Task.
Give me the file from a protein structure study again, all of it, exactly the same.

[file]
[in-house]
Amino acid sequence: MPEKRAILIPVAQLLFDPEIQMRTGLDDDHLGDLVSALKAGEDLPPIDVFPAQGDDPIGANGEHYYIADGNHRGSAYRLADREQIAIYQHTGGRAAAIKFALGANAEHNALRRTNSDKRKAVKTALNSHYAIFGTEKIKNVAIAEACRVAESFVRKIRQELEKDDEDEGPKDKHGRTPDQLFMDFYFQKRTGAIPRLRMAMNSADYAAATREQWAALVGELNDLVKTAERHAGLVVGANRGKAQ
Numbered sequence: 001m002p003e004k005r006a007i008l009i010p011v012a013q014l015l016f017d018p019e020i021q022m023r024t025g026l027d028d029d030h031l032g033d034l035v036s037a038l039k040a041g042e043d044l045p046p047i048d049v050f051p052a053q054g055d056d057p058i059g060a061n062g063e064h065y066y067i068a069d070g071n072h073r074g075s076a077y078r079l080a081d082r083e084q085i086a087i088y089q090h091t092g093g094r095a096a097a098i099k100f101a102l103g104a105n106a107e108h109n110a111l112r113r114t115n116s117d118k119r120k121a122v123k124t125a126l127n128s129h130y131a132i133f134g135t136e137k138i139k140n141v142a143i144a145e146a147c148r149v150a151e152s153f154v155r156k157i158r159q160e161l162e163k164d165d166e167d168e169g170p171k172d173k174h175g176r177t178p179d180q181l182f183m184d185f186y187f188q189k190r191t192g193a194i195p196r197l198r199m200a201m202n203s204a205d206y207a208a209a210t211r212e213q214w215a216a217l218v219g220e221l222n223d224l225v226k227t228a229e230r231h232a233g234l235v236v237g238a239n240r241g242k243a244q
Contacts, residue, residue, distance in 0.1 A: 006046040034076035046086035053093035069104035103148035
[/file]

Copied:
[in-house]
Amino acid sequence: MPEKRAILIPVAQLLFDPEIQMRTGLDDDHLGDLVSALKAGEDLPPIDVFPAQGDDPIGANGEHYYIADGNHRGSAYRLADREQIAIYQHTGGRAAAIKFALGANAEHNALRRTNSDKRKAVKTALNSHYAIFGTEKIKNVAIAEACRVAESFVRKIRQELEKDDEDEGPKDKHGRTPDQLFMDFYFQKRTGAIPRLRMAMNSADYAAATREQWAALVGELNDLVKTAERHAGLVVGANRGKAQ
Numbered sequence: 001m002p003e004k005r006a007i008l009i010p011v012a013q014l015l016f017d018p019e020i021q022m023r024t025g026l027d028d029d030h031l032g033d034l035v036s037a038l039k040a041g042e043d044l045p046p047i048d049v050f051p052a053q054g055d056d057p058i059g060a061n062g063e064h065y066y067i068a069d070g071n072h073r074g075s076a077y078r079l080a081d082r083e084q085i086a087i088y089q090h091t092g093g094r095a096a097a098i099k100f101a102l103g104a105n106a107e108h109n110a111l112r113r114t115n116s117d118k119r120k121a122v123k124t125a126l127n128s129h130y131a132i133f134g135t136e137k138i139k140n141v142a143i144a145e146a147c148r149v150a151e152s153f154v155r156k157i158r159q160e161l162e163k164d165d166e167d168e169g170p171k172d173k174h175g176r177t178p179d180q181l182f183m184d185f186y187f188q189k190r191t192g193a194i195p196r197l198r199m200a201m202n203s204a205d206y207a208a209a210t211r212e213q214w215a216a217l218v219g220e221l222n223d224l225v226k227t228a229e230r231h232a233g234l235v236v237g238a239n240r241g242k243a244q
Contacts, residue, residue, distance in 0.1 A: 006046040034076035046086035053093035069104035103148035